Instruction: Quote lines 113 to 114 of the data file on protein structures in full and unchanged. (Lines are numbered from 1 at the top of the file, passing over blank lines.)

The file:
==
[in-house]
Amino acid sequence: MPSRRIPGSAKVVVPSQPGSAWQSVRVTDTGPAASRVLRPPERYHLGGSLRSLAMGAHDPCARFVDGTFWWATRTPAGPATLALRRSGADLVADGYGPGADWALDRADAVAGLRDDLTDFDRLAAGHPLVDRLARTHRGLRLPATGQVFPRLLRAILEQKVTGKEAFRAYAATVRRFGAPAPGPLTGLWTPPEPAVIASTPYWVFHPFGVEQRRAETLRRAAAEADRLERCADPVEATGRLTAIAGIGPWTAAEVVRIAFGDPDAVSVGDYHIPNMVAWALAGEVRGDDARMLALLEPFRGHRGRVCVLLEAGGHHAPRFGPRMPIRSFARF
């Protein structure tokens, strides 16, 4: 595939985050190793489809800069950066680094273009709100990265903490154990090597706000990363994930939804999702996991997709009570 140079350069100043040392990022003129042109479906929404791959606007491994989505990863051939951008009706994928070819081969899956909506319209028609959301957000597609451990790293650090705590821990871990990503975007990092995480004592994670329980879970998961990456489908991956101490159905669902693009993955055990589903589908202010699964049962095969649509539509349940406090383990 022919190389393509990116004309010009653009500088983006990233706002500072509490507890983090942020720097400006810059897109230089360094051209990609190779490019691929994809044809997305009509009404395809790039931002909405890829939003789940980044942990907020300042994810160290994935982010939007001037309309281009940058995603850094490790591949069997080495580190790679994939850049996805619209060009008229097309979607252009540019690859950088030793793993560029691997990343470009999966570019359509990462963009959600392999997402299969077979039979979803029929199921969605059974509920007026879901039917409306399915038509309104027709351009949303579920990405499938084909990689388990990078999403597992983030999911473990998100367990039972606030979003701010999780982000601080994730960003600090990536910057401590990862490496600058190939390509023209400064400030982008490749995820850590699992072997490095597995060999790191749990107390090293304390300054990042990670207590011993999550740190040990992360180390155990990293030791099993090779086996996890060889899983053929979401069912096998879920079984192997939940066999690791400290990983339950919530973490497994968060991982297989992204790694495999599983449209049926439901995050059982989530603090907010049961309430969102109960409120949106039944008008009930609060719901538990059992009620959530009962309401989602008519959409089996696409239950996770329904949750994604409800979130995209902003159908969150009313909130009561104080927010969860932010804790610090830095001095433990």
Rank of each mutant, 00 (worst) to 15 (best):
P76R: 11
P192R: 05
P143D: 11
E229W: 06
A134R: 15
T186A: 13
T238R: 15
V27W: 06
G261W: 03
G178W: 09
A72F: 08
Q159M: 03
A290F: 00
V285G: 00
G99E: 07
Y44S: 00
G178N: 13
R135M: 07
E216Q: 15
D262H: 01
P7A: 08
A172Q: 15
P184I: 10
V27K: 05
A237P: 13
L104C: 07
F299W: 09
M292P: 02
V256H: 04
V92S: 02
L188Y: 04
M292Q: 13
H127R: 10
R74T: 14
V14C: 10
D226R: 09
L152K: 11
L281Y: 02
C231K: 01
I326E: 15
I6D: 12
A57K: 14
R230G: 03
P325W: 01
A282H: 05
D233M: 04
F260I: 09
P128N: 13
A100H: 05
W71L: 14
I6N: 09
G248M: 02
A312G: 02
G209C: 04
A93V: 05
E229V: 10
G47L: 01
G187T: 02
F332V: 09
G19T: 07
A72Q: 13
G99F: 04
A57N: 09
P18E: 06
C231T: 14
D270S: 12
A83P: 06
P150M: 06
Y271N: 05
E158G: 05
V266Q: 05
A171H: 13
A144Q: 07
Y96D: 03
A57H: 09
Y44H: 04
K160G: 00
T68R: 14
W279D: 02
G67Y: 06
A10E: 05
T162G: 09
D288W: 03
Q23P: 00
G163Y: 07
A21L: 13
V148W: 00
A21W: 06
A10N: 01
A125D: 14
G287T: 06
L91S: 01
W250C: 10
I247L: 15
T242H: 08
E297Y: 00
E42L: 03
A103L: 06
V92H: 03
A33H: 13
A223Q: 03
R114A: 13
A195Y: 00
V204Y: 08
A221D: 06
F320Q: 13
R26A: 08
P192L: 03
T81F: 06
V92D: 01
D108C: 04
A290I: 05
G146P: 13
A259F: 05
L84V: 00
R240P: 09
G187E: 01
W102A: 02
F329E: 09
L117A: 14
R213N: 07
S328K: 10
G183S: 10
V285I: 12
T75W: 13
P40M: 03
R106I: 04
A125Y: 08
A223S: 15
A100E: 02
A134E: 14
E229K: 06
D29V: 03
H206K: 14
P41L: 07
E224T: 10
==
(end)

T81F: 06
V92D: 01